Search and rescue expert has tips for hikers
Jun 22, 2022, 7:00 PM
SALT LAKE CITY — Summer is here and that means it’s go time for search and rescue teams. Before heading out to enjoy Utah’s great outdoors, KSL NewsRadio guest hosts Cate Klundt and Marty Carpenter talked with Wally Perschon of the FirstNet at AT&T. Many search and rescue crews and law enforcement teams use FirstNet to coordinate rescue efforts for lost or injured hikers, snowmobilers, skiers and mountaineers.
“As someone who has rescued people who have gotten lost, what is it that you wish people would know before they would head out off the beaten path?” Carpenter asked.
Perschon said his best advice is know before you go. Know where you’re heading and how difficult the trail might be. Are you physically able to manage the requirements the trail presents? Study the maps of the hiking area. Does it have cellphone service? And take someone with you.
Tell someone where you are going and when you plan to return, he added.
Search and rescue for hikers
- Zion National Park, Glen Canyon National Recreation Area and Arches National Park were ranked 6th, 7th and 10th in the US, with more than 700 total search and rescue (SAR) missions from 2018-2020, according to the digital publication Outforia as reported by The Salt Lake Tribune.
- And 2021 was the busiest year in recorded history for search and rescue crews in Zion National Park, according to kjzz.com.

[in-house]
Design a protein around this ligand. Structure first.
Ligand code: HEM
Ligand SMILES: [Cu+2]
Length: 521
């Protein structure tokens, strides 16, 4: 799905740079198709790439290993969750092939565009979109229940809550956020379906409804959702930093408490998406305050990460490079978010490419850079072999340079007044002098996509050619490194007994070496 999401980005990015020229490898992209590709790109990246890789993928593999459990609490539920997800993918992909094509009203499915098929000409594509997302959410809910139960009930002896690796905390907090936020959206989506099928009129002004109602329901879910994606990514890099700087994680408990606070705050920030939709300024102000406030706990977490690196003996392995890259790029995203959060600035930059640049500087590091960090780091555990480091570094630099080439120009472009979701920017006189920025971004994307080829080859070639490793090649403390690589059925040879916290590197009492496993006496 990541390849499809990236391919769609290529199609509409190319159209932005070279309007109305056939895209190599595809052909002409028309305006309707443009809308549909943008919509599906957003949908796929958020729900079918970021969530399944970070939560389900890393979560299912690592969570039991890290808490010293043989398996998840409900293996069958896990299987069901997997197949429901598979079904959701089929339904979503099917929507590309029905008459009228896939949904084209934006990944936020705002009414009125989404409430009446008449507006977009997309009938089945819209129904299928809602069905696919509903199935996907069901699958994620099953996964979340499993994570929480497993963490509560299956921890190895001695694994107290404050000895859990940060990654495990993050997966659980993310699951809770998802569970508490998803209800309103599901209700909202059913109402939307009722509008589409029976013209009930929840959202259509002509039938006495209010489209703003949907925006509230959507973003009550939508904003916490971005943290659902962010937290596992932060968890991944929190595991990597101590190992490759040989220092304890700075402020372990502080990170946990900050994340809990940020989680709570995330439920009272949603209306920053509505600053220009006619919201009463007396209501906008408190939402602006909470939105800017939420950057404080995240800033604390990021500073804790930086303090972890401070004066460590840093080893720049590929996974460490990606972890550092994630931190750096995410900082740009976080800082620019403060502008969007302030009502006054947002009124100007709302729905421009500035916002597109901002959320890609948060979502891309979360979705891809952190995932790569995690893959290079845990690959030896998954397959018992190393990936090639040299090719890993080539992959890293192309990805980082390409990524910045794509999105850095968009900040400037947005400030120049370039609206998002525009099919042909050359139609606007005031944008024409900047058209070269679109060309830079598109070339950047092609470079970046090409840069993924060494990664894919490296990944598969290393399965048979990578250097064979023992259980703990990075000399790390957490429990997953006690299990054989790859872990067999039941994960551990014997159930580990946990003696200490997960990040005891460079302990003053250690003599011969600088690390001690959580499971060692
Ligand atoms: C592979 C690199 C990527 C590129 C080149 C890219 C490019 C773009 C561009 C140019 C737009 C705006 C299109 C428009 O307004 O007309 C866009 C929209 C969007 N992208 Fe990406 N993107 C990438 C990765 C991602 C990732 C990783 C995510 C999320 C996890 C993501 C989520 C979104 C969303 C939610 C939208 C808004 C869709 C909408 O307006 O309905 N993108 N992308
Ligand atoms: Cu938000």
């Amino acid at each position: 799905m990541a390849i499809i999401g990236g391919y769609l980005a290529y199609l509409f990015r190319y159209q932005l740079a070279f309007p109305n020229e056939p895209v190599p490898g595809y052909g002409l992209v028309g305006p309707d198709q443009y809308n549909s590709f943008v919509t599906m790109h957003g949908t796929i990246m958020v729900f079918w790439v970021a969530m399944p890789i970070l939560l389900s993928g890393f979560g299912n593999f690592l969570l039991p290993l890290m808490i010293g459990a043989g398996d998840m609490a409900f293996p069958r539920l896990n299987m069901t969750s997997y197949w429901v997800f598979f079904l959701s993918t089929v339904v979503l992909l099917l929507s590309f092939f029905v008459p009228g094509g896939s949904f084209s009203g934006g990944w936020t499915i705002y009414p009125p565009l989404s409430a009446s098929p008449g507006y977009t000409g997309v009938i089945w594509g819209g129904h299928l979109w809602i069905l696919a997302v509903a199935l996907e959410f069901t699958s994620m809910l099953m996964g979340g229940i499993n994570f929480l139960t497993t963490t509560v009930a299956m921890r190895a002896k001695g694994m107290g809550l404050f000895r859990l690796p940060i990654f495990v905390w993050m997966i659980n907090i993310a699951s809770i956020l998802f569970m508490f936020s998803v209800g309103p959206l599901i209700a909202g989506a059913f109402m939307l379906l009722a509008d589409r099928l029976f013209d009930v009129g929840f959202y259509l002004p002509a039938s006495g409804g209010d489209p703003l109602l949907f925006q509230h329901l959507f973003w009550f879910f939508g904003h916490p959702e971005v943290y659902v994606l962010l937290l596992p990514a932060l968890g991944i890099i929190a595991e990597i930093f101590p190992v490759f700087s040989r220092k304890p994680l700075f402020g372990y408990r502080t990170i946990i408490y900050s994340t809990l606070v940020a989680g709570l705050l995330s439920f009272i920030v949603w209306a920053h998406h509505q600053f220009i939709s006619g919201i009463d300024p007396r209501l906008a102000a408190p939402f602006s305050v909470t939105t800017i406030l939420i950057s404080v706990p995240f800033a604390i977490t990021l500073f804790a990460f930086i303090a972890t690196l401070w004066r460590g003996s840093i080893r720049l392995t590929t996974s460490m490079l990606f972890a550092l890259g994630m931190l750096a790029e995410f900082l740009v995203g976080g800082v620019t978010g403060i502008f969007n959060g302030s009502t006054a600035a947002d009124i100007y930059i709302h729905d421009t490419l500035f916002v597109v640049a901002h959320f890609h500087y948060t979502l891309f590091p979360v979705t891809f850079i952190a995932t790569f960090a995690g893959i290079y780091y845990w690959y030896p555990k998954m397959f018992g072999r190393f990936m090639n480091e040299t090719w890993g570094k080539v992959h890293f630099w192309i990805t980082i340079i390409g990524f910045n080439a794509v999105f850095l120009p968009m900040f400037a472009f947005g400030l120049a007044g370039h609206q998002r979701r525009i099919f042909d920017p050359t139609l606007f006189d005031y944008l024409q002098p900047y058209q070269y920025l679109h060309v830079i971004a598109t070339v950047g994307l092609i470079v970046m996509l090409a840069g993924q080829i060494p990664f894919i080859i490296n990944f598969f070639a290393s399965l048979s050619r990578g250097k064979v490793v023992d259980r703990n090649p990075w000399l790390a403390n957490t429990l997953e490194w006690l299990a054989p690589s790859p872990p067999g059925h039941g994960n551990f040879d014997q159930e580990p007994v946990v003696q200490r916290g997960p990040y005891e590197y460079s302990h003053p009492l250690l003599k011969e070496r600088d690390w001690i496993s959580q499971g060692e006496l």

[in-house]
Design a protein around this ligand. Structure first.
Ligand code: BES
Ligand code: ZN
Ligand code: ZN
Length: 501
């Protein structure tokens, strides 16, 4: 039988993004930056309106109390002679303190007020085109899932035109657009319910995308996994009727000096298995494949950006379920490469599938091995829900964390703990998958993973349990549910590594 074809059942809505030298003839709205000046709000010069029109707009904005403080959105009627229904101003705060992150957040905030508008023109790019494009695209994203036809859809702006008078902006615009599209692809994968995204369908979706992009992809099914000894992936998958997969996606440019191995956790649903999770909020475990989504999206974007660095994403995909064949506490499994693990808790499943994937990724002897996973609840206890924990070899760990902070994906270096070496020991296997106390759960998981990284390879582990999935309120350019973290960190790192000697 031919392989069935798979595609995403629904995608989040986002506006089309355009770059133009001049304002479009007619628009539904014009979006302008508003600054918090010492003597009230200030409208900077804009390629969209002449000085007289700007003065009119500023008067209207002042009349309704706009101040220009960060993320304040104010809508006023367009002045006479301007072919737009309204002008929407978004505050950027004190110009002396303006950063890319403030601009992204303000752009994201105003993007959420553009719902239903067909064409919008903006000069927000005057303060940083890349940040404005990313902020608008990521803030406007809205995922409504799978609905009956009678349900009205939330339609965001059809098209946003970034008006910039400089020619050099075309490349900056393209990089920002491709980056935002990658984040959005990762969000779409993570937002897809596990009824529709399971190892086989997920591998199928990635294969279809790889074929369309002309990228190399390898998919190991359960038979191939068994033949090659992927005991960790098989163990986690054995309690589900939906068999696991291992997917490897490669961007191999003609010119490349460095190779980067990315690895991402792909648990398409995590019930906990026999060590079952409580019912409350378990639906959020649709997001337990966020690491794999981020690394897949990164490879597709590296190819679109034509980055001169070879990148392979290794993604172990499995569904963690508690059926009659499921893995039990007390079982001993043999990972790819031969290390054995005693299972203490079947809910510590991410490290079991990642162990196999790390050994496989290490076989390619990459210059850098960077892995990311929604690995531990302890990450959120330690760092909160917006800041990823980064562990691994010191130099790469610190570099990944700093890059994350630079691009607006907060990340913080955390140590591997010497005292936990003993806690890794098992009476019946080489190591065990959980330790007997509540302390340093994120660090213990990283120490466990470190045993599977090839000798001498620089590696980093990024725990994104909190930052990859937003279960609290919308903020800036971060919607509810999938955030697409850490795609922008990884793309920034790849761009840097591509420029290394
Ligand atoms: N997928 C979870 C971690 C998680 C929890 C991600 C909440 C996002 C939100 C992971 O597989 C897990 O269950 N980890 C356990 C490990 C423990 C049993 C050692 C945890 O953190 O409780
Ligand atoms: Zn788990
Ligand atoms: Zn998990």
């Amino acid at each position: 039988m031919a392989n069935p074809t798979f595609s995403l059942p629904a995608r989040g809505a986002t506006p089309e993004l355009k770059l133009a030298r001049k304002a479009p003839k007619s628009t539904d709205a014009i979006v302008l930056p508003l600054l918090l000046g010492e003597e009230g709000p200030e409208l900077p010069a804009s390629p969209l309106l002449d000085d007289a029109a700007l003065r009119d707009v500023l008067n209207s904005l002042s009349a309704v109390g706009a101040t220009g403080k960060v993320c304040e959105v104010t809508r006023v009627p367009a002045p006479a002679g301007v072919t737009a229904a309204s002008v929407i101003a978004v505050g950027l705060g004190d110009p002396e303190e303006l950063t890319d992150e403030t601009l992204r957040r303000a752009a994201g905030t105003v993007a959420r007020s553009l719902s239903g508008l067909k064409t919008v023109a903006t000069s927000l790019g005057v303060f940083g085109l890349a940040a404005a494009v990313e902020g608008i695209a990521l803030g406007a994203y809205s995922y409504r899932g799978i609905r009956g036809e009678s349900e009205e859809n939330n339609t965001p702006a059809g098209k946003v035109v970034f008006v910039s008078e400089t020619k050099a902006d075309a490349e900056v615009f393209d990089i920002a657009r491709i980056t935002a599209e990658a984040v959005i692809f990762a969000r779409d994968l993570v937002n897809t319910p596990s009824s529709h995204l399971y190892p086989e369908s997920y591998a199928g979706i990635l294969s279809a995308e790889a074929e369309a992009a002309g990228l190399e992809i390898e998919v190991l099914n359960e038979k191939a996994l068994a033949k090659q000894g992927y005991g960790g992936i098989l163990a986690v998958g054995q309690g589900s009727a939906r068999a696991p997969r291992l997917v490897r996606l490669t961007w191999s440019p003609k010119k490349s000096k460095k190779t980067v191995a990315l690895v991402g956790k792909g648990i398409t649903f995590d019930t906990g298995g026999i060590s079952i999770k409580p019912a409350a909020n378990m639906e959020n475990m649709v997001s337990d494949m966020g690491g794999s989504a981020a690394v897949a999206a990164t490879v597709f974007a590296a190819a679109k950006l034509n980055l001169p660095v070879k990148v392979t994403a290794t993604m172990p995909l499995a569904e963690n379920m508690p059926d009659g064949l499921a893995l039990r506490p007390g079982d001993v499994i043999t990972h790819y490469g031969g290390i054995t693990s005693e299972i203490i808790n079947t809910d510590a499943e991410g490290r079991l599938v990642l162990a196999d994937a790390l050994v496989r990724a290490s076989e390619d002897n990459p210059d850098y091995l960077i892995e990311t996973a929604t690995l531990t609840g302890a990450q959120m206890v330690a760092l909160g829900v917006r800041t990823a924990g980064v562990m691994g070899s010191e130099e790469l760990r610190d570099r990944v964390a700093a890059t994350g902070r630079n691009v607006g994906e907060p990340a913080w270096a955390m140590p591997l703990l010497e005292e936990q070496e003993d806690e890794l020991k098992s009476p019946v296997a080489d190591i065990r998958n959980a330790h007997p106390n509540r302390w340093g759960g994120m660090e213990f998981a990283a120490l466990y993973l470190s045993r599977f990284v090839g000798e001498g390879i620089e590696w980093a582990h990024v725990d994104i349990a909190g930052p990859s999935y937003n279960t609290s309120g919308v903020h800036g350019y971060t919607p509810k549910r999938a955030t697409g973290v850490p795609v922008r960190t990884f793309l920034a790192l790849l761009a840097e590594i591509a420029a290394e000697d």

“I’ve gotten into a lot of snowmobiling lately and so we’re always trying to go with at least four people,” so if someone is injured, there is a person to stay behind while two others go for help, Perschon said.
Why do hikers get lost?
- The number one way hikers get lost while hiking is by not staying on the designated trail.
- The second most common way hikers end up lost while hiking is due to bad weather or a storm rolling in while hiking, causing them to become disoriented or lose their bearings, according to Outside Pulse.
“When you do find people, are they surprised that they got lost?” Klundt asked.
“Yes, they are. They’re usually alone. Let’s say they didn’t download mapping on their phones or they expected to have [cellphone] service and magically help them get back. . . . or their battery power was not sufficient on their phones or devices,” Perschon said.
Prepare for the unexpected
“When you get off that beaten path, I’m wondering as people feel sort of a sense of confidence when they have their phone with them. Do they get into places where cellphones don’t work? . . . How does that contribute to the problem?” Carpenter asked.
“They usually don’t take enough water. They get in areas where they thought they’d have [cellphone] service, and they don’t . . . (And) they hadn’t prepared with mapping or GPS and then it gets dark. They didn’t bring lighting or something for an overnight stay,” Perschon said. But “we’re always glad to help people out.”
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